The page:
• GAEBA Media Release
    [read the full statement]


    Global eyecare community to unveil new ethical agreement for use of eye tissue

    Barcelona Thursday 14th June 2018: Members of the global eyecare and eye bank community unveiled the world’s first global Agreement on the use of donated human tissue for ocular transplantation, research, and future technologies, named the Barcelona Principles: An Agreement on the use of human donated tissue for ocular transplantation, research and future technologies.

     

    Read the Barcelona Agreement [here]

  • What should countries in the Global South do about Global Kidney Exchange programs International Policy Headlines | 08 June 2018
    [read the article]


    What should countries in the Global South do about Global Kidney Exchange (GKE) programs?

    Critics of GKE programs argue that it would offer financial and symbolic incentives that have the potential of promoting organ trafficking, that it wrongly assumes that low- or middle-income countries (LMICs) do not offer organ transplantation to those who need it, and would add barriers to the efforts that LMICs countries are already doing to improve their responses to end-stage renal failure and organ trafficking...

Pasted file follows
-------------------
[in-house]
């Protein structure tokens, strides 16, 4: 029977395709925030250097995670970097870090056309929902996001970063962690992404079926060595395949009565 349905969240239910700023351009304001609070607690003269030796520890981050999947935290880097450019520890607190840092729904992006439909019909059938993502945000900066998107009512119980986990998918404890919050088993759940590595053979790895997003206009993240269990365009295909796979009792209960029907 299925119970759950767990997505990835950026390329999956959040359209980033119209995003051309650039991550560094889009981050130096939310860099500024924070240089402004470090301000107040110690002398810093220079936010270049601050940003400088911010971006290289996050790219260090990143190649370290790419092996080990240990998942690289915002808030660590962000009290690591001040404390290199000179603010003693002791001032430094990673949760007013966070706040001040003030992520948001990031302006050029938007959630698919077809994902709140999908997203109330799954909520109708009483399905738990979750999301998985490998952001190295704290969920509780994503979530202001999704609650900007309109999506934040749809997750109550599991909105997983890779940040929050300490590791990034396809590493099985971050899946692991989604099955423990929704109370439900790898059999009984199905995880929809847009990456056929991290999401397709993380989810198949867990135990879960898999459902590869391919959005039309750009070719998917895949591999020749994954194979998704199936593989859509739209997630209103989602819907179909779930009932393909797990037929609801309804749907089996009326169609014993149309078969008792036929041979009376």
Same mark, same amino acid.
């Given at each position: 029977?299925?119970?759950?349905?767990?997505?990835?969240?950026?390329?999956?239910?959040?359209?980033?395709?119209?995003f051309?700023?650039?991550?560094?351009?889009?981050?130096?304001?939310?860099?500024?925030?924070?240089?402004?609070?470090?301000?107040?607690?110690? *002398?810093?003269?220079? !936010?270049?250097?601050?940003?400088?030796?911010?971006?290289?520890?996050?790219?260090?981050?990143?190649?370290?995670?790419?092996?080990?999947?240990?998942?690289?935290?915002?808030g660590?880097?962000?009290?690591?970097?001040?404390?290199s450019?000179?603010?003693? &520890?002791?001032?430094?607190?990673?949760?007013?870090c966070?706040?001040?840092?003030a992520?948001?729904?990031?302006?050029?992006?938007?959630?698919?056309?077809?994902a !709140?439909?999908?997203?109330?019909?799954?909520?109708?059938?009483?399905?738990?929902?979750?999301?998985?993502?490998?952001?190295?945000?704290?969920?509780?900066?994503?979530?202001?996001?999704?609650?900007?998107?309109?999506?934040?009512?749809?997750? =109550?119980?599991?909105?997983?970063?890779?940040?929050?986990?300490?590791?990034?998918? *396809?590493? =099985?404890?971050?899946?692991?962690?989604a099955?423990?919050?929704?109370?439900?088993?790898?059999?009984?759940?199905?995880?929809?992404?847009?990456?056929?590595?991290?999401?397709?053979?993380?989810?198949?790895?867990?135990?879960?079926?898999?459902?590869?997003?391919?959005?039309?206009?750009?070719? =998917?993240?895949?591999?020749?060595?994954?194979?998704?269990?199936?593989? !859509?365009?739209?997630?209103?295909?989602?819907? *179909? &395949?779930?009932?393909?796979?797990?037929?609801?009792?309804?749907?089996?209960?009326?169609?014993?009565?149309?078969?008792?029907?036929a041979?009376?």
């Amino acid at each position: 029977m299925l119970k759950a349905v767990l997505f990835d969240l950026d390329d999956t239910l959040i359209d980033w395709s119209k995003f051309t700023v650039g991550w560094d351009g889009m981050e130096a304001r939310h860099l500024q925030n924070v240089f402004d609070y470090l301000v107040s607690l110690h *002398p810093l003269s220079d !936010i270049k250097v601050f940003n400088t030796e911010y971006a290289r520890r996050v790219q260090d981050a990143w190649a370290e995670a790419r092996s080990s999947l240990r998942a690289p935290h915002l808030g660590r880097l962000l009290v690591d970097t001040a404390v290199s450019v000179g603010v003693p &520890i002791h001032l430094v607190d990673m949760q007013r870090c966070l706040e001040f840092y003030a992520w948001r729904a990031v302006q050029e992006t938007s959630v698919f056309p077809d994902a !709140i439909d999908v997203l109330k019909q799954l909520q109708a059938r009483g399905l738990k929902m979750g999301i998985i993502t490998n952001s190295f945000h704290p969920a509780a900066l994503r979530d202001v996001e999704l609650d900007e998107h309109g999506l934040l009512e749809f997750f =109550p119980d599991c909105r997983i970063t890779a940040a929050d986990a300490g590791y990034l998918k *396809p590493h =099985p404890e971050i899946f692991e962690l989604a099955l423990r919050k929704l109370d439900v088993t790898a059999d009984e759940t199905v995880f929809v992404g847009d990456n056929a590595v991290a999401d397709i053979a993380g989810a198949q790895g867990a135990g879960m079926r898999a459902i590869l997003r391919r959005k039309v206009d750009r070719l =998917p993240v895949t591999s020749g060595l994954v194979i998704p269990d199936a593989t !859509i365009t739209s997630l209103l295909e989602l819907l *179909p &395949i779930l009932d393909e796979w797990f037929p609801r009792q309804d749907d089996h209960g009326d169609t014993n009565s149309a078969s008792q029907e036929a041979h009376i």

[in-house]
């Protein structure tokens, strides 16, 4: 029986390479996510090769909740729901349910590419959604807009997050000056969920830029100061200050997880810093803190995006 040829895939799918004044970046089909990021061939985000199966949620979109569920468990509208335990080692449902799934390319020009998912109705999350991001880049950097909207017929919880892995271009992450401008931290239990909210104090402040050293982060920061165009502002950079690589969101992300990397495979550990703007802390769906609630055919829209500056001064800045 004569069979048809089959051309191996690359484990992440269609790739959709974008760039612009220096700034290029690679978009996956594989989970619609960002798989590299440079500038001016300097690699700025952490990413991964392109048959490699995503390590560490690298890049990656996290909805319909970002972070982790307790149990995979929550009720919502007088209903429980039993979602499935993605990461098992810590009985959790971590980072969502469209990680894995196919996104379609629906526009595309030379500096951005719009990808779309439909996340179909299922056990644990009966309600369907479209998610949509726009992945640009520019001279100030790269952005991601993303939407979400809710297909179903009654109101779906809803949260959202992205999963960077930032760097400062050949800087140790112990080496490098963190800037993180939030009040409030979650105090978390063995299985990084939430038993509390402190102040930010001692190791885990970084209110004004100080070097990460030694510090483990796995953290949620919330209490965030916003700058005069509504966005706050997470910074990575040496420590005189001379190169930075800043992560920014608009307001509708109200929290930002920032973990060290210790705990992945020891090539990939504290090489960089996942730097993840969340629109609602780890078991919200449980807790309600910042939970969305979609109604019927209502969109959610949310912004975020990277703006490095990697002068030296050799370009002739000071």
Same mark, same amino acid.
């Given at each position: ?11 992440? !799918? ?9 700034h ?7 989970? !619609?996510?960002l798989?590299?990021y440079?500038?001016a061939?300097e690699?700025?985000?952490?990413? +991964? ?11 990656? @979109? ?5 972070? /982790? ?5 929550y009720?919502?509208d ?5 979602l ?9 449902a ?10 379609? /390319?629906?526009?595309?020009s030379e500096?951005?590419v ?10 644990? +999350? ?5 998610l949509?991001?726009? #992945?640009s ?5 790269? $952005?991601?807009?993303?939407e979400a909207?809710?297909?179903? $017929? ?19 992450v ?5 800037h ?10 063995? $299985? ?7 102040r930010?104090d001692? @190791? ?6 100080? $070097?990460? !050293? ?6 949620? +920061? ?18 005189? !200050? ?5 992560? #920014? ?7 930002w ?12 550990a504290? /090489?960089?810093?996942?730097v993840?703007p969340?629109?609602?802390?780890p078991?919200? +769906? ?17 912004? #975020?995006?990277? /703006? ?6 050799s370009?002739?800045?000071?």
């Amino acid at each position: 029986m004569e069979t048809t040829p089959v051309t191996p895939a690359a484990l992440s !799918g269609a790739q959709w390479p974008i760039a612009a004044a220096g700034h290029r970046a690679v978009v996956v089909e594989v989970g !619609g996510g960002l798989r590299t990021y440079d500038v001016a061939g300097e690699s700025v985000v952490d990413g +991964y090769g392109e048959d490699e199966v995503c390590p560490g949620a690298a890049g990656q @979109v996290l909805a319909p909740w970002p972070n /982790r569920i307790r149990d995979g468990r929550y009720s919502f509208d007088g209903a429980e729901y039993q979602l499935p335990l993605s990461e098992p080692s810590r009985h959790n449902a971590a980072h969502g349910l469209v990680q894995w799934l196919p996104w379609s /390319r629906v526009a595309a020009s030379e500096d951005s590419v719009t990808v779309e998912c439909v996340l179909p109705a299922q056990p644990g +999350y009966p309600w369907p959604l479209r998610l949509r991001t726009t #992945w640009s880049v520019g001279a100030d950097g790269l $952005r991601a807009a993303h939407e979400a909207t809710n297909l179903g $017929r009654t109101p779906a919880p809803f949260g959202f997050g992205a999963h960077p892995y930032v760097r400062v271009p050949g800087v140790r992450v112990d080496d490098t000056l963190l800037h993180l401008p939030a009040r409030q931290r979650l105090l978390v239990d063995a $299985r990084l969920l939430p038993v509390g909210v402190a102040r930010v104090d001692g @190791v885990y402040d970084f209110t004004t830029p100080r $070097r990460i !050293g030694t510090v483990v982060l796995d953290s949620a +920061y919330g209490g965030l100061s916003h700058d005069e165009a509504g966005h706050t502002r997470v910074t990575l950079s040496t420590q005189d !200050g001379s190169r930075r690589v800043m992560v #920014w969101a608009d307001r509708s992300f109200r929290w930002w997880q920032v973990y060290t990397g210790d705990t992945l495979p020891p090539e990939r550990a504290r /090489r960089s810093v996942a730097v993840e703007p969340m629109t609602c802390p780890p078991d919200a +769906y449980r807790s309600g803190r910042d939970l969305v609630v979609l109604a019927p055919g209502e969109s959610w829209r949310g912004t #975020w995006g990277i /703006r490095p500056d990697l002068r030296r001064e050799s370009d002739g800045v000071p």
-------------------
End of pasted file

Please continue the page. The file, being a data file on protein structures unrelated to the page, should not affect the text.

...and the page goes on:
• Qatar reaffirms its support to organ donation efforts Gulf Times | 26 May 2018
    [read the article]


    Qatar reaffirms its support to organ donation efforts

    Qatar reaffirmed on Saturday its support for concerted international efforts to develop ethical programmes for the donation and cultivation of human organs throughout the world. HE the Minister of Public Health Dr Hanan Mohamed al-Kuwari made the remarks during a meeting discussing the establishment of organ transplant programmes around the world, as part of the ongoing meetings of the World Health Assembly in Geneva since Monday...